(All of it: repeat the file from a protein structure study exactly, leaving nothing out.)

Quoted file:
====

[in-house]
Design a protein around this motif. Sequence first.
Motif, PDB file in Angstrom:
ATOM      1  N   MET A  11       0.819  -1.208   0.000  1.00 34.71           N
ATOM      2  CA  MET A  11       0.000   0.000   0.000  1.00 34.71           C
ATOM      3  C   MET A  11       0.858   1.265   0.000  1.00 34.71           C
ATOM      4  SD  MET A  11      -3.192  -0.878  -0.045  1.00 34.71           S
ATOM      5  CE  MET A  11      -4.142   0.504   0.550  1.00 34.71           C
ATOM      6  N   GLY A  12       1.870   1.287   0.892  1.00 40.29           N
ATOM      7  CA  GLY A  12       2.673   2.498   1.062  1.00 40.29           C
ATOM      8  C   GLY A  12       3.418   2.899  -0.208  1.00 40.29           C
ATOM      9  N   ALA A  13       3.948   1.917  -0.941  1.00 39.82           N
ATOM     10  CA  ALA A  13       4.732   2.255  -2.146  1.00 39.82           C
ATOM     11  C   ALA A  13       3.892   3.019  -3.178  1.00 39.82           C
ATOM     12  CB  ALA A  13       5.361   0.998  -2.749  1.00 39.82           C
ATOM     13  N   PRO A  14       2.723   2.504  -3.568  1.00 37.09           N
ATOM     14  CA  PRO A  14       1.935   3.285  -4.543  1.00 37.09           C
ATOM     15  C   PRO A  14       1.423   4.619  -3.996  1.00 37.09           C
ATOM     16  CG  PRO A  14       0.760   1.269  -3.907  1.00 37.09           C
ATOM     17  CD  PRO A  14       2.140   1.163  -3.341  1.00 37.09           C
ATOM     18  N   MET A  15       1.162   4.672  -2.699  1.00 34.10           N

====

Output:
[in-house]
Design a protein around this motif. Sequence first.
Motif, PDB file in Angstrom:
ATOM      1  N   MET A  11       0.819  -1.208   0.000  1.00 34.71           N
ATOM      2  CA  MET A  11       0.000   0.000   0.000  1.00 34.71           C
ATOM      3  C   MET A  11       0.858   1.265   0.000  1.00 34.71           C
ATOM      4  SD  MET A  11      -3.192  -0.878  -0.045  1.00 34.71           S
ATOM      5  CE  MET A  11      -4.142   0.504   0.550  1.00 34.71           C
ATOM      6  N   GLY A  12       1.870   1.287   0.892  1.00 40.29           N
ATOM      7  CA  GLY A  12       2.673   2.498   1.062  1.00 40.29           C
ATOM      8  C   GLY A  12       3.418   2.899  -0.208  1.00 40.29           C
ATOM      9  N   ALA A  13       3.948   1.917  -0.941  1.00 39.82           N
ATOM     10  CA  ALA A  13       4.732   2.255  -2.146  1.00 39.82           C
ATOM     11  C   ALA A  13       3.892   3.019  -3.178  1.00 39.82           C
ATOM     12  CB  ALA A  13       5.361   0.998  -2.749  1.00 39.82           C
ATOM     13  N   PRO A  14       2.723   2.504  -3.568  1.00 37.09           N
ATOM     14  CA  PRO A  14       1.935   3.285  -4.543  1.00 37.09           C
ATOM     15  C   PRO A  14       1.423   4.619  -3.996  1.00 37.09           C
ATOM     16  CG  PRO A  14       0.760   1.269  -3.907  1.00 37.09           C
ATOM     17  CD  PRO A  14       2.140   1.163  -3.341  1.00 37.09           C
ATOM     18  N   MET A  15       1.162   4.672  -2.699  1.00 34.10           N